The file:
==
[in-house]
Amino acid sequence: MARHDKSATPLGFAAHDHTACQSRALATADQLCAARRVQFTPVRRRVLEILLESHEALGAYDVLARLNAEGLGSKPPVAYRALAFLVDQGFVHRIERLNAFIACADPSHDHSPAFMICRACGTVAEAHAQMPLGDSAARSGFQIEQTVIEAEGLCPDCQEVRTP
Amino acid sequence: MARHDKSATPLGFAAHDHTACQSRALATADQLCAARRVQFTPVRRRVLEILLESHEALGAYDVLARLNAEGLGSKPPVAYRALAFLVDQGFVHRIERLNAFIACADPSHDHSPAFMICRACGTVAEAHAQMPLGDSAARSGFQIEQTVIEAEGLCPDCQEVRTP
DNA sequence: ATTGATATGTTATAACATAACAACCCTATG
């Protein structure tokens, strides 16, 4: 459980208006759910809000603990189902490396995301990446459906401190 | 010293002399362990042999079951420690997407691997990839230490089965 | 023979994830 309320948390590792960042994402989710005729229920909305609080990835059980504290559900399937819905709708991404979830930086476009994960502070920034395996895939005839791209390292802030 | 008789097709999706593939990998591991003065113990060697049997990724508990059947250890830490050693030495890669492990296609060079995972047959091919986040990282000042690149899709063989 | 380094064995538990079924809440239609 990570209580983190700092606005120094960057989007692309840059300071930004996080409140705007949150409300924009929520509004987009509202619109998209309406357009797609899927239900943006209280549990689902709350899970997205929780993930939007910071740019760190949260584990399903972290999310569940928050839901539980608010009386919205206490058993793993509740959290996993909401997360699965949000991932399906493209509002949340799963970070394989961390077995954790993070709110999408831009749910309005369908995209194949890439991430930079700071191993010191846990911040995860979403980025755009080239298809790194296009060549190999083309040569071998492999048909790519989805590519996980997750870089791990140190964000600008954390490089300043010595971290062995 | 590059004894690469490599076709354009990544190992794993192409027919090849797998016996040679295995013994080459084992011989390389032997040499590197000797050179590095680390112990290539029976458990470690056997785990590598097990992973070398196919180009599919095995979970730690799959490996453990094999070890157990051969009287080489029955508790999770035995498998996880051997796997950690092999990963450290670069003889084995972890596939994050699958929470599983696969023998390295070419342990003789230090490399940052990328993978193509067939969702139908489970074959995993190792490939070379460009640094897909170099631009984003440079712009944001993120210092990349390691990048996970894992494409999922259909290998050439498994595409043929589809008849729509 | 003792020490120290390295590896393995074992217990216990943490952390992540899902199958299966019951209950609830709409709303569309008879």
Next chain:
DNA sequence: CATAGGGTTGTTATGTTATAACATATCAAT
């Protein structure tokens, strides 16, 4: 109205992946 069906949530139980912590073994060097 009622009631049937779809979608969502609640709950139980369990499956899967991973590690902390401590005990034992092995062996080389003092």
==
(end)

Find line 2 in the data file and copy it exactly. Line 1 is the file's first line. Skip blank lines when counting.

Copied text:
Amino acid sequence: MARHDKSATPLGFAAHDHTACQSRALATADQLCAARRVQFTPVRRRVLEILLESHEALGAYDVLARLNAEGLGSKPPVAYRALAFLVDQGFVHRIERLNAFIACADPSHDHSPAFMICRACGTVAEAHAQMPLGDSAARSGFQIEQTVIEAEGLCPDCQEVRTP